I took a deep breath and listened
to the old brag of my heart.
I am, I am, I am.
― Sylvia Plath, The Bell Jar
I gave these nesting hedgehog measuring cups to Jeff for Christmas a few years back. It was one of my favorite finds ever.
I can’t remember now if the hedgehogs kicked it off, or if they were an escalation of nonsense already in progress, but Jeff now also owns a bunch of animal salt and pepper shakers— foxes, deer, birds, octopi, etc.— plus a tiny cream pitcher in the shape of a rabbit. Or maybe it’s a duck. It’s been a while since I’ve seen it.
I first started buying them because they were cute, and I had to get him a present anyway for whatever gift giving occasion. And he wouldn’t use them. He’s afraid he’ll break one and the remaining one will be lonely.
So instead they’re lonely together, hanging out in the relative safety of a high shelf, and I buy new ones whenever I see them to add to the family. One day he will step back and accept he has turned into a weird collector of animal salt and pepper shakers and he will have no one to blame but himself.
Right after Christmas though, I suggested he drill some holes in the hedgehogs and use them as windowsill planters, and a brand new weird hobby was born.
The hedgehogs are ceramic and undeniably pretty delicate, so ok, maybe Jeff’s concern about them being chipped and broken with daily use was somewhat justified. In any case, he used a diamond drill bit to place the drainage holes on the undersides. Then we were off to all the area hardware stores to see what plants we could grow.
Indoor plants are, in general, a great idea, providing benefits both physical and mental. They can help alleviate stress, leading to lower blood pressure; they release oxygen and water vapor for easier breathing; and they can help clear your indoor air.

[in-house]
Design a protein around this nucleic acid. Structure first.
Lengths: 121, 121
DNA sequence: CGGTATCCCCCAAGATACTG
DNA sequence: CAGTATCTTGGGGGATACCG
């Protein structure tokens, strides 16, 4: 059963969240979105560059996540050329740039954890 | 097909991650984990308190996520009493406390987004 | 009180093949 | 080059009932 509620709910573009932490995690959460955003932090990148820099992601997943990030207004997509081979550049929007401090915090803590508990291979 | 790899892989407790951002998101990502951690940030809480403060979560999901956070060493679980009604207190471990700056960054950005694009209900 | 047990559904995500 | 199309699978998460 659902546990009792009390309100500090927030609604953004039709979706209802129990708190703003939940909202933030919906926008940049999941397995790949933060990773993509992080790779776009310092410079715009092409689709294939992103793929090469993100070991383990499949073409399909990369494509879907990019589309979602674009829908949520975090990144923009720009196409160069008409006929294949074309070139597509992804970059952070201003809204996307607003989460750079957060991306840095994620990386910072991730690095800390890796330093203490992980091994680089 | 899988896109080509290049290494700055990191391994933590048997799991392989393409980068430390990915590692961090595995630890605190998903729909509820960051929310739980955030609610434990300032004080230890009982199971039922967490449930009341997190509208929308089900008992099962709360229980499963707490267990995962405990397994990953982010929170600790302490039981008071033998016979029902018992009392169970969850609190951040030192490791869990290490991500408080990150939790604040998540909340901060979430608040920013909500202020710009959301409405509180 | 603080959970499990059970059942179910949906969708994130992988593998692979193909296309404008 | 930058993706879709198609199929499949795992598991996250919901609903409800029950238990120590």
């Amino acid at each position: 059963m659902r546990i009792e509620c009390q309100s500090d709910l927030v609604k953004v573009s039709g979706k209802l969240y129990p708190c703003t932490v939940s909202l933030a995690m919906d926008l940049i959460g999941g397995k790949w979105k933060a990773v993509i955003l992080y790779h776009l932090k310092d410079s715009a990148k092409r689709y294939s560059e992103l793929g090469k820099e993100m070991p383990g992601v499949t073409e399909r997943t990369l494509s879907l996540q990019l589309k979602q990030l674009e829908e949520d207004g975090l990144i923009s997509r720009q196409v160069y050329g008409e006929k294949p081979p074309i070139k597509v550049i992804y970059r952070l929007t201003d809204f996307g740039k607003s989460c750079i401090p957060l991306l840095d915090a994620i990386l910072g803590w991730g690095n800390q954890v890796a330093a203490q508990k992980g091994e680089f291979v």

Cross-referencing NASA’s study on the best plants for improving air quality with sunlight requirements (we get very little direct sunlight) and lists of hard-to-kill greenery, we bought about a dozen plants as an experiment, which I’ll write up in the spring. (So far so good though; haven’t killed anything yet.)
There’s a shelf of distressed plants that can be had for a dollar or two, so we bought some of those even though they weren’t on my carefully curated list. We got all these for $2 total, breaking one pot up into two (the moss in the 1/4 cup is from our yard).
Succulents are outperformed by other plants for improving air quality. But, unlike most plants which only release oxygen during the day as a byproduct of photosynthesis, succulents release oxygen at night, so they’re a good choice for bedrooms. Allegedly they’ll adjust to low light situations and require very little care— I’ll have to report back to you on that. Remember, they were distressed to begin with and they were transplanted in winter.
In any case, I’m happy to see these guys out and about where we can enjoy them, and I’m trying to brainstorm ways to get their friends brought out to play.
We’re also on the lookout for more creative indoor planting inspiration, so let me know if you have any ideas!